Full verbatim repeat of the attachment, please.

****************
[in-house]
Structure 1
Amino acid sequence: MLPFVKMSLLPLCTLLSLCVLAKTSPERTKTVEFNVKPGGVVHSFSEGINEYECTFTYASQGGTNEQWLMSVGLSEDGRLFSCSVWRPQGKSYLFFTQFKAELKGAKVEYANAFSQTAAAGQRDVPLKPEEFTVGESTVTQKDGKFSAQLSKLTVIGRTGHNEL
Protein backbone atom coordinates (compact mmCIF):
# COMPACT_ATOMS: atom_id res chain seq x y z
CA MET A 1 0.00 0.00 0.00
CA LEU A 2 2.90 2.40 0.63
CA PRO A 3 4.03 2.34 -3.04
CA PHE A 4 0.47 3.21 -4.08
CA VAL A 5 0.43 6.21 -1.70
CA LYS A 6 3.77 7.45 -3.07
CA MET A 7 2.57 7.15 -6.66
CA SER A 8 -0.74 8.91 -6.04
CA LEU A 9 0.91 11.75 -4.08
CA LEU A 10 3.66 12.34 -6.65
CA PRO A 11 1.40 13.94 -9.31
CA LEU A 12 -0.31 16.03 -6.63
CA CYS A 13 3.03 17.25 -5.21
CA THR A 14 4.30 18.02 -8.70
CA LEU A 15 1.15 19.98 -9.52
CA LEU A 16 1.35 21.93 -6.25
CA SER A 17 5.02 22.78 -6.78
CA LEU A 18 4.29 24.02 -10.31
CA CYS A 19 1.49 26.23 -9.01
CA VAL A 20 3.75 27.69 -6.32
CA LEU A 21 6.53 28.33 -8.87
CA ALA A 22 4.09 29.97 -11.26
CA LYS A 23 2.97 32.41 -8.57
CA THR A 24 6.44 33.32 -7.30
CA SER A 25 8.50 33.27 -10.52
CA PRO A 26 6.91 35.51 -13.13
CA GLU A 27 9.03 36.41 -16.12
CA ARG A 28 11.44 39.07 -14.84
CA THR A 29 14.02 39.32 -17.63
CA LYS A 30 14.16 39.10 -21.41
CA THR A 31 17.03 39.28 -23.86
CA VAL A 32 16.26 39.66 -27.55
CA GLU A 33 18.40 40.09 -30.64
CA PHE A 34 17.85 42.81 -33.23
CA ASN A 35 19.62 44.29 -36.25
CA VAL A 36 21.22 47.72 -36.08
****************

[in-house]
Structure 1
Amino acid sequence: MLPFVKMSLLPLCTLLSLCVLAKTSPERTKTVEFNVKPGGVVHSFSEGINEYECTFTYASQGGTNEQWLMSVGLSEDGRLFSCSVWRPQGKSYLFFTQFKAELKGAKVEYANAFSQTAAAGQRDVPLKPEEFTVGESTVTQKDGKFSAQLSKLTVIGRTGHNEL
Protein backbone atom coordinates (compact mmCIF):
# COMPACT_ATOMS: atom_id res chain seq x y z
CA MET A 1 0.00 0.00 0.00
CA LEU A 2 2.90 2.40 0.63
CA PRO A 3 4.03 2.34 -3.04
CA PHE A 4 0.47 3.21 -4.08
CA VAL A 5 0.43 6.21 -1.70
CA LYS A 6 3.77 7.45 -3.07
CA MET A 7 2.57 7.15 -6.66
CA SER A 8 -0.74 8.91 -6.04
CA LEU A 9 0.91 11.75 -4.08
CA LEU A 10 3.66 12.34 -6.65
CA PRO A 11 1.40 13.94 -9.31
CA LEU A 12 -0.31 16.03 -6.63
CA CYS A 13 3.03 17.25 -5.21
CA THR A 14 4.30 18.02 -8.70
CA LEU A 15 1.15 19.98 -9.52
CA LEU A 16 1.35 21.93 -6.25
CA SER A 17 5.02 22.78 -6.78
CA LEU A 18 4.29 24.02 -10.31
CA CYS A 19 1.49 26.23 -9.01
CA VAL A 20 3.75 27.69 -6.32
CA LEU A 21 6.53 28.33 -8.87
CA ALA A 22 4.09 29.97 -11.26
CA LYS A 23 2.97 32.41 -8.57
CA THR A 24 6.44 33.32 -7.30
CA SER A 25 8.50 33.27 -10.52
CA PRO A 26 6.91 35.51 -13.13
CA GLU A 27 9.03 36.41 -16.12
CA ARG A 28 11.44 39.07 -14.84
CA THR A 29 14.02 39.32 -17.63
CA LYS A 30 14.16 39.10 -21.41
CA THR A 31 17.03 39.28 -23.86
CA VAL A 32 16.26 39.66 -27.55
CA GLU A 33 18.40 40.09 -30.64
CA PHE A 34 17.85 42.81 -33.23
CA ASN A 35 19.62 44.29 -36.25
CA VAL A 36 21.22 47.72 -36.08